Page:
The Ramsar Bulletin Board, 4 May 2005
Lamentablemente, no hay versión en español de este documento
Headline story.Ramsar sites in the Nordic countries. The Ramsar Parties in Scandinavia have completed the publication of eight 12-page pamphlets on the implementation of the Ramsar Convention in the Nordic countries. In a project funded by the Nordic Council of Ministers and the countries involved, each brochure includes information on the Ramsar Convention in general and on wetland-related issues in the targeted country. In all, pamphlets are available for Sweden in Swedish, Norway in Norwegian, Greenland in two linguistic versions, Iceland in Icelandic, Denmark in Danish, and Finland in Finnish and Swedish versions. More information can be gained from email@example.com. [04/05/05]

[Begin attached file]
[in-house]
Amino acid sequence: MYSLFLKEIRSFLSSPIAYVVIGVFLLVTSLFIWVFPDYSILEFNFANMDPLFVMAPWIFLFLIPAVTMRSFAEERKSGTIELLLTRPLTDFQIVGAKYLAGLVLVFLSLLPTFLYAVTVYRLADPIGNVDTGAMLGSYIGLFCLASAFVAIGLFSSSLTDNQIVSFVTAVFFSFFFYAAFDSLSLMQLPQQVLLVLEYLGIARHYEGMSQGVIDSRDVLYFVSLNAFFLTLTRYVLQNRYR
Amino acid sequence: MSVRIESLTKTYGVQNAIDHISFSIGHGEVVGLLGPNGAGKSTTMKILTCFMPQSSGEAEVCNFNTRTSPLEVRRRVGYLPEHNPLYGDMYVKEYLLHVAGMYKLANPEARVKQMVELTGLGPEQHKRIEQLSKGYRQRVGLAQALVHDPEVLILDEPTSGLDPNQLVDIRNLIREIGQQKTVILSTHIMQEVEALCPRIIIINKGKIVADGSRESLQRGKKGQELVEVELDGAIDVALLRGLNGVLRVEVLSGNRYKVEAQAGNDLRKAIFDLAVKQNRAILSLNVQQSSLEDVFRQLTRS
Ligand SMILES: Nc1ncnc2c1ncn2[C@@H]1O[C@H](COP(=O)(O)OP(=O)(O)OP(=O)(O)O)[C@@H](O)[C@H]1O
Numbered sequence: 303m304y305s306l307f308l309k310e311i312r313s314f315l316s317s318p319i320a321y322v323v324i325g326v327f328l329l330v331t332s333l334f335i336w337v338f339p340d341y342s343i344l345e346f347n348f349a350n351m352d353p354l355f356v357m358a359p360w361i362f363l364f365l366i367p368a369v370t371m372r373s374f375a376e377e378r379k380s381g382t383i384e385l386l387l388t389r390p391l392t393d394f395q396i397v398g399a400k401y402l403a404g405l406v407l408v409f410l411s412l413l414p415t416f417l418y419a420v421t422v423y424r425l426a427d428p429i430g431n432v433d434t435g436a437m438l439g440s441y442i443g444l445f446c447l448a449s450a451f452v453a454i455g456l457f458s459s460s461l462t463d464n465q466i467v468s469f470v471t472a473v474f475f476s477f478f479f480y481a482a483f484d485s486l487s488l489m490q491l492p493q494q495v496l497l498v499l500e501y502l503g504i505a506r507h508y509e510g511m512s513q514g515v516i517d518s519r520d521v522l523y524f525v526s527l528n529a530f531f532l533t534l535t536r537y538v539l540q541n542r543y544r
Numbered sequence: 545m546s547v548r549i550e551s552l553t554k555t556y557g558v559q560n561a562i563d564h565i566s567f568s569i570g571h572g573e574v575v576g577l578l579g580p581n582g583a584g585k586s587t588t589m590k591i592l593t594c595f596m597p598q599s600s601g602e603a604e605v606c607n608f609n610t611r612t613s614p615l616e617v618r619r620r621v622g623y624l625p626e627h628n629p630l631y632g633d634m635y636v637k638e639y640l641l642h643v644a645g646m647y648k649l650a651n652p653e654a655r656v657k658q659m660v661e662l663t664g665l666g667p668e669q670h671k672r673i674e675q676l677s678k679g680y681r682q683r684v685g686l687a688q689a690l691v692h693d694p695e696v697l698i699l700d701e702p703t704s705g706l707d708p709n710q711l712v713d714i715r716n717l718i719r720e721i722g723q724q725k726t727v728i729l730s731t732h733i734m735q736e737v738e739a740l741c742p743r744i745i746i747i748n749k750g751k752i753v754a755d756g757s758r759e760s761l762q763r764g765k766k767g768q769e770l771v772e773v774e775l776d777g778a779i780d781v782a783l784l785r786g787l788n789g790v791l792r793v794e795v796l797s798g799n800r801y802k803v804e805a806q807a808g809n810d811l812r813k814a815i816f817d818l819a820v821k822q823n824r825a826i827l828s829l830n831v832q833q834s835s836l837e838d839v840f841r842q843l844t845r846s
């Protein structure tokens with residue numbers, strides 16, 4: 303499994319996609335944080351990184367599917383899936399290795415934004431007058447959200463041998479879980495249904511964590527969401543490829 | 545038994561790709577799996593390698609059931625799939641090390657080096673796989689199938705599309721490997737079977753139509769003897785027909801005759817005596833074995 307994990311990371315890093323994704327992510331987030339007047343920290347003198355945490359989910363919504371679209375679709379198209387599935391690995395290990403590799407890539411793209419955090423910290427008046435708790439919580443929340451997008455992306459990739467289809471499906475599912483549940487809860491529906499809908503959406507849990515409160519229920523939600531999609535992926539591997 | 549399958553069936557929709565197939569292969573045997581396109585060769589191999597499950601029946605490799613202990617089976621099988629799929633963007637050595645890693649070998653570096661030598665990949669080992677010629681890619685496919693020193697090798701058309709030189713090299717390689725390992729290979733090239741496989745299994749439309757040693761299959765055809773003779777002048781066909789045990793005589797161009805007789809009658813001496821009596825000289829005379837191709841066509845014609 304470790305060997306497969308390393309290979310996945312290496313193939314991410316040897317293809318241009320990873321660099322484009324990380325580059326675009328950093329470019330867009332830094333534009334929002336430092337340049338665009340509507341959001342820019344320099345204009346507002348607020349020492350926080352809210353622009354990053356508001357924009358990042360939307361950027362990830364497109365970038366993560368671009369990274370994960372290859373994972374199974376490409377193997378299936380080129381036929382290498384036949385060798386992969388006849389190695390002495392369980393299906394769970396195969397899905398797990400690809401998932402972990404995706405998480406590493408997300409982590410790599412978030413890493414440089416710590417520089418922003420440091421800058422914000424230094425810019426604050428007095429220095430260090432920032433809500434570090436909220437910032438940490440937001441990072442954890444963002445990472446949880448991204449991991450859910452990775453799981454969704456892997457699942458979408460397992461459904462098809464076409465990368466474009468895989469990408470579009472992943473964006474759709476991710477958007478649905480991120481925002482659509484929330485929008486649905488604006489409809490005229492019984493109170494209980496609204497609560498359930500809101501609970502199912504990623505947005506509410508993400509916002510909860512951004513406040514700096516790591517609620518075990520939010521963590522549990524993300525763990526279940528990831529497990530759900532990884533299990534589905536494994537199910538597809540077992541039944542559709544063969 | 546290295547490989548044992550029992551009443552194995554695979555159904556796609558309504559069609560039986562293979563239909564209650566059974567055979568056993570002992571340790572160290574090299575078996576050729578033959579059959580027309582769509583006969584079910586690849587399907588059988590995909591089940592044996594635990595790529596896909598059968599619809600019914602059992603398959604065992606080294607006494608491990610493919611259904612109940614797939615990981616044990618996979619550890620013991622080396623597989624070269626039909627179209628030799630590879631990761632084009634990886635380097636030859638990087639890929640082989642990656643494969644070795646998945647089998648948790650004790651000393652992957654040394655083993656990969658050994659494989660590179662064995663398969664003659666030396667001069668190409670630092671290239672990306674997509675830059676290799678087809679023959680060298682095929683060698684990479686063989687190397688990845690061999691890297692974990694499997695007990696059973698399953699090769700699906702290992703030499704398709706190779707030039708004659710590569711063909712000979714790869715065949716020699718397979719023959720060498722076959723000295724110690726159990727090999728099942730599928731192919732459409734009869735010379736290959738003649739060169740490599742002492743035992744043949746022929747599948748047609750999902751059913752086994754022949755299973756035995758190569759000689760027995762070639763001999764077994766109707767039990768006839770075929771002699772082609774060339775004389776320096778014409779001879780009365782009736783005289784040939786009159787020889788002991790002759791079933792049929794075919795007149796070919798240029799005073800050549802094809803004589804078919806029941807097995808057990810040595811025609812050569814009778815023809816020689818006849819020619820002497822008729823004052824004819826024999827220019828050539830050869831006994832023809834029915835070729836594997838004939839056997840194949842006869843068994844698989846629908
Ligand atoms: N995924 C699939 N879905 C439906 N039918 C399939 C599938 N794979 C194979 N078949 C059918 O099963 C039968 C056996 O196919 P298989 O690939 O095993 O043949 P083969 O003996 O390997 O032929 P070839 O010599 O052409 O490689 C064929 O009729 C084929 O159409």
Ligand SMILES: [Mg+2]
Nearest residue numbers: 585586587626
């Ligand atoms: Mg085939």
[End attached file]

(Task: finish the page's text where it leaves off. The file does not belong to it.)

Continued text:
Ramsar at CSD-13: Simulating river basin management. The thirteenth session of the United Nations Commission on Sustainable Development (CSD-13) is taking place from 11 to 22 April 2005 at the UN headquarters in New York, USA, and the Ramsar/Switzerland/UN-ECE side event on ecosystems and water, 13 April, was reported earlier. On 18 April, the Ramsar Convention, RIZA, and UNESCO-IHE (Institute for Water Education) organised a three-hour session on managing water resources in a river basin in the CSD13's Learning Center. The session was based on a computer simulation of a river basin developed by UNESCO-IHE. Participants, divided into small groups, took the role of the different stakeholders involved in a river basin management to try to find the idea compromise solution for managing water resources while fulfilling the needs of everybody. Here is the brief, illustrated report on the session. [20/04/05]